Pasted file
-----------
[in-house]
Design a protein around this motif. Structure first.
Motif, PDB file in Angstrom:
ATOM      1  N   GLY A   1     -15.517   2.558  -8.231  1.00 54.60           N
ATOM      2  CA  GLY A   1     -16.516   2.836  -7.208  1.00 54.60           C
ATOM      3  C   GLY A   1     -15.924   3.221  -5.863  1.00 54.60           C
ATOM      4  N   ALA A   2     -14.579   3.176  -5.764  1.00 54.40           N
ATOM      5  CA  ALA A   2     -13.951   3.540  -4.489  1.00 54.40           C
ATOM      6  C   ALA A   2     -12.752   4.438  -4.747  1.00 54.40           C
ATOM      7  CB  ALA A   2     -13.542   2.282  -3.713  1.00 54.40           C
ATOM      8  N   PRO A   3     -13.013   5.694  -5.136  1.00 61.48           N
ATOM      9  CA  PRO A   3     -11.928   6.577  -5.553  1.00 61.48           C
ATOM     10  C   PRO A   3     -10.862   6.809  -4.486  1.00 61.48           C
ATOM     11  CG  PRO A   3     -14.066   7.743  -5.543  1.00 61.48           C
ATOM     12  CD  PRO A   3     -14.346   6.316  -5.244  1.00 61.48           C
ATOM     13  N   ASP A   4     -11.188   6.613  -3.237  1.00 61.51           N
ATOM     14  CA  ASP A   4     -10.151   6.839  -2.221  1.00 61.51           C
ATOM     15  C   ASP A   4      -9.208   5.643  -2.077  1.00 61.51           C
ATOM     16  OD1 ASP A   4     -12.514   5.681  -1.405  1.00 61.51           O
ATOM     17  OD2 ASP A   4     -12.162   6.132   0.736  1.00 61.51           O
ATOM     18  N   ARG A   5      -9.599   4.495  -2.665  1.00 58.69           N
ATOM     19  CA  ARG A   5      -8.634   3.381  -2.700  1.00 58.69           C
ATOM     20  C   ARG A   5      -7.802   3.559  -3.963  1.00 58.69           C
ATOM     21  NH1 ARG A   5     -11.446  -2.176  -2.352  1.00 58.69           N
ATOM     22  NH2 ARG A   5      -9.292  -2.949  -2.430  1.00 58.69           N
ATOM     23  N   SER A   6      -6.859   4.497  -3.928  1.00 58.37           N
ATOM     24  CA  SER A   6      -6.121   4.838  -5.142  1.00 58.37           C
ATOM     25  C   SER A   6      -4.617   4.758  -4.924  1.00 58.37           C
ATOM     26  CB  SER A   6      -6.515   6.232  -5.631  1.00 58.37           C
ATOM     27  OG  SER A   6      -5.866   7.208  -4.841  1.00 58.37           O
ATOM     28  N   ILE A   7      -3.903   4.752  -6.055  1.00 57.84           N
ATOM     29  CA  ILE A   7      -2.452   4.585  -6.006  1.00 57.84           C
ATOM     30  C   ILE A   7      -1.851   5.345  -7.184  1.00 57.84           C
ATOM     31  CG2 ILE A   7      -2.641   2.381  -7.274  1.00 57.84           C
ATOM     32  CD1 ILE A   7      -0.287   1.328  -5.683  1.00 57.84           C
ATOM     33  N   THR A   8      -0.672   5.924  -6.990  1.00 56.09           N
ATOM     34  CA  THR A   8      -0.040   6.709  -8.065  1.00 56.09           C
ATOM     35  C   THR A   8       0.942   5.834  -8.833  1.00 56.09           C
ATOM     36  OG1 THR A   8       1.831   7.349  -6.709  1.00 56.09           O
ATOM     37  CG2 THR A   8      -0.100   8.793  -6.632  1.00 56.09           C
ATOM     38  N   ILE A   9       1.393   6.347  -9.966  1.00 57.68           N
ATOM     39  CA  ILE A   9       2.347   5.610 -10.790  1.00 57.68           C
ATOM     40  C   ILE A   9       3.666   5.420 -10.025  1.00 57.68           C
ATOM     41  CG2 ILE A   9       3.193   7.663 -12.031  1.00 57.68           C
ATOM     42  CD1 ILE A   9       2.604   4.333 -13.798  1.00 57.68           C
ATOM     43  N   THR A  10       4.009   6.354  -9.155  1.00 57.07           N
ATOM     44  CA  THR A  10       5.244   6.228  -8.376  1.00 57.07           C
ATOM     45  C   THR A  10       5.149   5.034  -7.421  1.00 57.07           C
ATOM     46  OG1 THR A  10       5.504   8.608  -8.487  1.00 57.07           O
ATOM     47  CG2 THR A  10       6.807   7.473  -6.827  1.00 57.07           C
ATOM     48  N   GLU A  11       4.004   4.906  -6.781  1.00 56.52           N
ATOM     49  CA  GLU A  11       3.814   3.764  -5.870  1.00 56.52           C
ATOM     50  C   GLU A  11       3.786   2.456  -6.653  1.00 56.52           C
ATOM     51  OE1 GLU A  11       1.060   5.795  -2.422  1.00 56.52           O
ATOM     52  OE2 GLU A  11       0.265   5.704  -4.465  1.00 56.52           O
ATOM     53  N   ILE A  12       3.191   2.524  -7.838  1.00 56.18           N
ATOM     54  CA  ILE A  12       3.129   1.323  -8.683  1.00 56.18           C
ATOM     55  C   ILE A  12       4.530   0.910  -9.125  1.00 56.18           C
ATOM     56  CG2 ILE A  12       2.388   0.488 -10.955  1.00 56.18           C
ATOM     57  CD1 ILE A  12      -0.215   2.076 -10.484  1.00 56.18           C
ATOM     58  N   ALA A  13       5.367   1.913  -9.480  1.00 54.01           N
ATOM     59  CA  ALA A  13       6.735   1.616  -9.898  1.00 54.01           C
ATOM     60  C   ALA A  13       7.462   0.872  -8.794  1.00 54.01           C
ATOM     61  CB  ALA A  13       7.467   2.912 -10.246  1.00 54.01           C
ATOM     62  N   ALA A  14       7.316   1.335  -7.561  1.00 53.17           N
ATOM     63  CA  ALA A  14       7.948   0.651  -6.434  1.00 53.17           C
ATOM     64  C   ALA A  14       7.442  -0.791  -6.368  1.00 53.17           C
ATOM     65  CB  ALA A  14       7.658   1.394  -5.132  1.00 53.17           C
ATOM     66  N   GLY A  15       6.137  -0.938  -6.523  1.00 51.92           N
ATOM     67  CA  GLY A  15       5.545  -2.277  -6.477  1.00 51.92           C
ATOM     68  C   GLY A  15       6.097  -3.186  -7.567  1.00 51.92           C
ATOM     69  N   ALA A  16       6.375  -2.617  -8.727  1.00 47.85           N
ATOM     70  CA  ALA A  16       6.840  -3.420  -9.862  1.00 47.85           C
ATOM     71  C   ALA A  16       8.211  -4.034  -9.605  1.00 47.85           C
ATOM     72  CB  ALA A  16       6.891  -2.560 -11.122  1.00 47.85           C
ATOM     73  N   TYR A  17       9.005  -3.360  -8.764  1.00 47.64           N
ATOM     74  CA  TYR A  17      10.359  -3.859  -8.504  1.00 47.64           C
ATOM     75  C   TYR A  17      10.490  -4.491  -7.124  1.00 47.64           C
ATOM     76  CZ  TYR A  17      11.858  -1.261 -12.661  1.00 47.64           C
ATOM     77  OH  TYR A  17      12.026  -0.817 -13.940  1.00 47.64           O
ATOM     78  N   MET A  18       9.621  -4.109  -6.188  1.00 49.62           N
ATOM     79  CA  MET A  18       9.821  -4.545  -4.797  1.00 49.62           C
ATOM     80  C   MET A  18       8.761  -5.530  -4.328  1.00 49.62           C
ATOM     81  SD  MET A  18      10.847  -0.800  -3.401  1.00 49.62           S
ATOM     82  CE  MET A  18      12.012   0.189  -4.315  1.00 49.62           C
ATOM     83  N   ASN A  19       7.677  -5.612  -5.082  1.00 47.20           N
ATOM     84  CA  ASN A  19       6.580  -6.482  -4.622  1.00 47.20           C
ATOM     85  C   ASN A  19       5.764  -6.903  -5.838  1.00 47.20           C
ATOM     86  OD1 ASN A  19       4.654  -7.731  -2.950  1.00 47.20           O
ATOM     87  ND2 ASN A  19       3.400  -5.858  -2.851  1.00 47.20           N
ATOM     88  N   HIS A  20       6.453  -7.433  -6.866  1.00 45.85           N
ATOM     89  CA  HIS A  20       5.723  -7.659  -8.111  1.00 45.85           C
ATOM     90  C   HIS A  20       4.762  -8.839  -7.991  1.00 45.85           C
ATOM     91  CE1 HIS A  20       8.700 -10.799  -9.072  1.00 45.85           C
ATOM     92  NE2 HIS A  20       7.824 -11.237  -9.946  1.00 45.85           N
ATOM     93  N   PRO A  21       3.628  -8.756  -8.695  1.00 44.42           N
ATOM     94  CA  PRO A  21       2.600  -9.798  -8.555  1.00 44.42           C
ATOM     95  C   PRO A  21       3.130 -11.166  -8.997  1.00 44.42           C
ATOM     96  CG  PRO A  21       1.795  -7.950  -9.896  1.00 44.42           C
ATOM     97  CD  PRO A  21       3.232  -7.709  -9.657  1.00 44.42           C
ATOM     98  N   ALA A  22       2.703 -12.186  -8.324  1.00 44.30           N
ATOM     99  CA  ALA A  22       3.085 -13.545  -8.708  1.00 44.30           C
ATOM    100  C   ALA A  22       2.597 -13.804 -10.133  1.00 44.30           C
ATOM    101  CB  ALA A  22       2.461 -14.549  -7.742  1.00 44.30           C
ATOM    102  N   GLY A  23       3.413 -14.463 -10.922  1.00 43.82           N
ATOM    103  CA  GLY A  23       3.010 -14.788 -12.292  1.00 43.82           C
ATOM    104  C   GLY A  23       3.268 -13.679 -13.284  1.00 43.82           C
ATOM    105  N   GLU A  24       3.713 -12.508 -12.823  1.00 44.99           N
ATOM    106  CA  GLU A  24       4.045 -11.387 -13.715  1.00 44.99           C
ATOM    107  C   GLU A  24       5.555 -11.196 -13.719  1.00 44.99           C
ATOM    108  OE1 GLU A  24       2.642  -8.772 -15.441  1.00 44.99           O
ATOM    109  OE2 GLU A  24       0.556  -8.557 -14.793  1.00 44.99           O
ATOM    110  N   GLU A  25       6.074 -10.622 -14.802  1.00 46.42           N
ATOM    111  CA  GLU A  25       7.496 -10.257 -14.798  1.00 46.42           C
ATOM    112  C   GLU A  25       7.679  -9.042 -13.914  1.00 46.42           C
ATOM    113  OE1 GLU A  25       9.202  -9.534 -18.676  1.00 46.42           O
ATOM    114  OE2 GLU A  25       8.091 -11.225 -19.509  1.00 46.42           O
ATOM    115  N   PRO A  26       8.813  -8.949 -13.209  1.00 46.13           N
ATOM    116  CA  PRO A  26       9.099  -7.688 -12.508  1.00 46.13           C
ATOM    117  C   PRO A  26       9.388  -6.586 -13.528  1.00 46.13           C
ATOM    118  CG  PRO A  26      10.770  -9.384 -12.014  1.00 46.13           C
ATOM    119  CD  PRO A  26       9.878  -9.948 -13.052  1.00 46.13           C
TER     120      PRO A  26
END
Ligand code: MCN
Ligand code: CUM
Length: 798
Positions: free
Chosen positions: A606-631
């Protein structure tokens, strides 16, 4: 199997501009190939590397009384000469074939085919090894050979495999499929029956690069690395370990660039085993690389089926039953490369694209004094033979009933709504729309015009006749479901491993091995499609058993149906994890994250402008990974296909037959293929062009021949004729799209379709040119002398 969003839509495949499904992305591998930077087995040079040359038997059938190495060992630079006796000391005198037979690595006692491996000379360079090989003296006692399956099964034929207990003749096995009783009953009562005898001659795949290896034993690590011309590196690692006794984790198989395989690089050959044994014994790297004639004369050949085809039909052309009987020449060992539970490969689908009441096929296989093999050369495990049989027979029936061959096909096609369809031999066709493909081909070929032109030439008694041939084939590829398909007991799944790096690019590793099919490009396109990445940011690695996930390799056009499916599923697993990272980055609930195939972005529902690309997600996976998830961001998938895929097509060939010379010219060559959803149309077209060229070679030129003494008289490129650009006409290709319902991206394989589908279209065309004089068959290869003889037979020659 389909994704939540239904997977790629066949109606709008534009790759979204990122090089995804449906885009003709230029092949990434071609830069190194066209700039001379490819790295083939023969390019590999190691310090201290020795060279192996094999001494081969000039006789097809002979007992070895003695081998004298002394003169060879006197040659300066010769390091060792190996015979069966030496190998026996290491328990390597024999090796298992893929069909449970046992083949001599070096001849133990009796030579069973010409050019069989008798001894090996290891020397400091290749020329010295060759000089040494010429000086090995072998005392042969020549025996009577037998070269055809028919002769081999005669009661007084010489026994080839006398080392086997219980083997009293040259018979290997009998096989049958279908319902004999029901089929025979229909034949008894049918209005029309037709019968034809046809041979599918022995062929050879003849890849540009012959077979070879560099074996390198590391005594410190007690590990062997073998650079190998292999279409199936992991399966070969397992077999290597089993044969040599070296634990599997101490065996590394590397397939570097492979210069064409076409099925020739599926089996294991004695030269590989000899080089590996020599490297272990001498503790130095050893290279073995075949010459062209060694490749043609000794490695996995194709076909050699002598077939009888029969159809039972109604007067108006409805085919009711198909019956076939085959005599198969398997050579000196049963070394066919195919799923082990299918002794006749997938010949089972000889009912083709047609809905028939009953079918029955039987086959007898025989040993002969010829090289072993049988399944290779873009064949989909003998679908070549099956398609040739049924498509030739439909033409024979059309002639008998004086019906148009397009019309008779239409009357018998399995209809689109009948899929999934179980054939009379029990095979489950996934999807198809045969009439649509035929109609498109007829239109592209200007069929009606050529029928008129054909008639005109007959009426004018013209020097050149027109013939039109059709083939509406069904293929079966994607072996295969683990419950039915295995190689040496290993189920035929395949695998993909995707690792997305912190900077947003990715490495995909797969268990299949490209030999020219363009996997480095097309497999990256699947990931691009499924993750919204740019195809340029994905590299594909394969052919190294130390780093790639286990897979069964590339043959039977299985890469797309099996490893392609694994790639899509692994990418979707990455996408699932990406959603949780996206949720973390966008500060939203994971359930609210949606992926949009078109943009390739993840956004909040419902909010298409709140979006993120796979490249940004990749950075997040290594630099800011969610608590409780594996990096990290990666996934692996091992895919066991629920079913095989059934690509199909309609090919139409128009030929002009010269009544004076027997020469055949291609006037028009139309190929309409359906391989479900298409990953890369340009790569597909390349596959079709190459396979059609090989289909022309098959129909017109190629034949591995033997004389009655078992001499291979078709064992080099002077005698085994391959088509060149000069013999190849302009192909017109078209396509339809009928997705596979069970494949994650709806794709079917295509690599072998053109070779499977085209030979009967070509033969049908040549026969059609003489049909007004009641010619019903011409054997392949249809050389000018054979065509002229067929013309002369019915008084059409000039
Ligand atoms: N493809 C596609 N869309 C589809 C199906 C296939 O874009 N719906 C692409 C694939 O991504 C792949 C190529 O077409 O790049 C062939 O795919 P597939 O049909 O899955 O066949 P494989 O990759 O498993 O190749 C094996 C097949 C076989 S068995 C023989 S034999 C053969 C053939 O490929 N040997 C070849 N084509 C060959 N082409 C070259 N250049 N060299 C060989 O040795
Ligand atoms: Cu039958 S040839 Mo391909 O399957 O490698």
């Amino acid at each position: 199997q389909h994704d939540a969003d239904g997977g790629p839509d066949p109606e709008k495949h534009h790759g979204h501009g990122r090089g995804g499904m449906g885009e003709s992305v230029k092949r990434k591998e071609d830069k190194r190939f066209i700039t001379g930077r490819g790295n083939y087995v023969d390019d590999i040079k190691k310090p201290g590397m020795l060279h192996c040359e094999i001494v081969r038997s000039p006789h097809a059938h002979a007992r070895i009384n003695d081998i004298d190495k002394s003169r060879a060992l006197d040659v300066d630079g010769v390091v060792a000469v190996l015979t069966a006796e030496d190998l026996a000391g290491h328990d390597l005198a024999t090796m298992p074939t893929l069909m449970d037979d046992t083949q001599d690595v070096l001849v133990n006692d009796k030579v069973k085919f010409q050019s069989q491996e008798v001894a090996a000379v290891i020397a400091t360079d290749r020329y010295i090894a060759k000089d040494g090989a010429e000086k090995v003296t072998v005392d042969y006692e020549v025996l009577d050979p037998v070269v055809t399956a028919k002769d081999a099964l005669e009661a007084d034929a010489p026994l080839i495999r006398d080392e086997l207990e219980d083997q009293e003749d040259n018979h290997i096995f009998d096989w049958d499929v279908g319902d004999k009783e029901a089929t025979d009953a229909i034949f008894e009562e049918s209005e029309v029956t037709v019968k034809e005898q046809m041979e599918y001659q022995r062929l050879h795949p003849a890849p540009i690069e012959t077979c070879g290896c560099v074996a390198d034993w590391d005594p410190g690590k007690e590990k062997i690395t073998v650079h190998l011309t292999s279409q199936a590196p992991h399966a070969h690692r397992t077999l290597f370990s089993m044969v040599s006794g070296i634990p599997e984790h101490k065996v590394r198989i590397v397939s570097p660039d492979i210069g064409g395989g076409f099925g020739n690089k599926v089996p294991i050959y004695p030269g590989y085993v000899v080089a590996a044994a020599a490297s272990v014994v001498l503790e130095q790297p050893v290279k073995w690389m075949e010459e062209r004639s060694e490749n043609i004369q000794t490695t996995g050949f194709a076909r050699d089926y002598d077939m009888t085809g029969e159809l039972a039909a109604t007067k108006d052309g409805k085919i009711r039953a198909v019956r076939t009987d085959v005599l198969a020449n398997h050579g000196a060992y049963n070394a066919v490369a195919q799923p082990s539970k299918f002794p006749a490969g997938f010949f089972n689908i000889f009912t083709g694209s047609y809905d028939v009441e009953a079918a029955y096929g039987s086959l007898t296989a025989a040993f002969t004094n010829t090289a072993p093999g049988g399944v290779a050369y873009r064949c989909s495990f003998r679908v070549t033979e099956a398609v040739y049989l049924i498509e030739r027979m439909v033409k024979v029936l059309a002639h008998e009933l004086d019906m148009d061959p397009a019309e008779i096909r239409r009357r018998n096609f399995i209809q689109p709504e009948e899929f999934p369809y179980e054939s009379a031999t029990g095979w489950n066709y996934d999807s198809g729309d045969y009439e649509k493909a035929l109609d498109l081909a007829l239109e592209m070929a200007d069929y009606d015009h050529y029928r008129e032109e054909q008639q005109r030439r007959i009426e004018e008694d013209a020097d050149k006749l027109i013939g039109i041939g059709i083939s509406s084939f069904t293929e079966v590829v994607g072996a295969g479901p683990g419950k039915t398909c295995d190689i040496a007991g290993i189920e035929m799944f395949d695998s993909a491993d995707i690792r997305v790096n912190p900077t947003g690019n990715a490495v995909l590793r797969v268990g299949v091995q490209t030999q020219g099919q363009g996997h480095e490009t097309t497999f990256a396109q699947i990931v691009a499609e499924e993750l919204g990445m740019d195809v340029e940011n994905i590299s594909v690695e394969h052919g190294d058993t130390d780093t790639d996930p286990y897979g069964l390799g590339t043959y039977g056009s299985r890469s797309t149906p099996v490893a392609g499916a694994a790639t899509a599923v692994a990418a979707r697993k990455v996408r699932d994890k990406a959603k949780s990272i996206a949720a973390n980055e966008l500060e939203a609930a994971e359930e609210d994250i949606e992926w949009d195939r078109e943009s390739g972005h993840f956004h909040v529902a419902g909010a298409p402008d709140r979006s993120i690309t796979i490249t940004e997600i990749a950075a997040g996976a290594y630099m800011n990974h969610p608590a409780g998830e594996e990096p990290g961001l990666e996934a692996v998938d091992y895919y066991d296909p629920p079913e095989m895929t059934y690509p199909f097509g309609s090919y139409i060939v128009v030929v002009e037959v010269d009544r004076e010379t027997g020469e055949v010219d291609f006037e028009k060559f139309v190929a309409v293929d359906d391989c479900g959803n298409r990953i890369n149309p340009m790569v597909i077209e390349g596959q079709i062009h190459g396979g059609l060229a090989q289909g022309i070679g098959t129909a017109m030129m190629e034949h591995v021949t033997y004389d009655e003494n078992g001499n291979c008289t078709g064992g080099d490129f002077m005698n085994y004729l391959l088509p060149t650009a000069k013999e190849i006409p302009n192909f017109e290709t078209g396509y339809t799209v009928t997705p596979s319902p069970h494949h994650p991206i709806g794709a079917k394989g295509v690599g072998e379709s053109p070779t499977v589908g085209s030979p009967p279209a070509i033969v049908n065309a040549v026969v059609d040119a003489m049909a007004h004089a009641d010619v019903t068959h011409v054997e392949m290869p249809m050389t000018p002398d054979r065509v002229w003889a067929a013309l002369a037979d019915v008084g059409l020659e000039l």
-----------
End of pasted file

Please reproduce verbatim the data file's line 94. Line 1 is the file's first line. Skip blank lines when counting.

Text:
ATOM     91  CE1 HIS A  20       8.700 -10.799  -9.072  1.00 45.85           C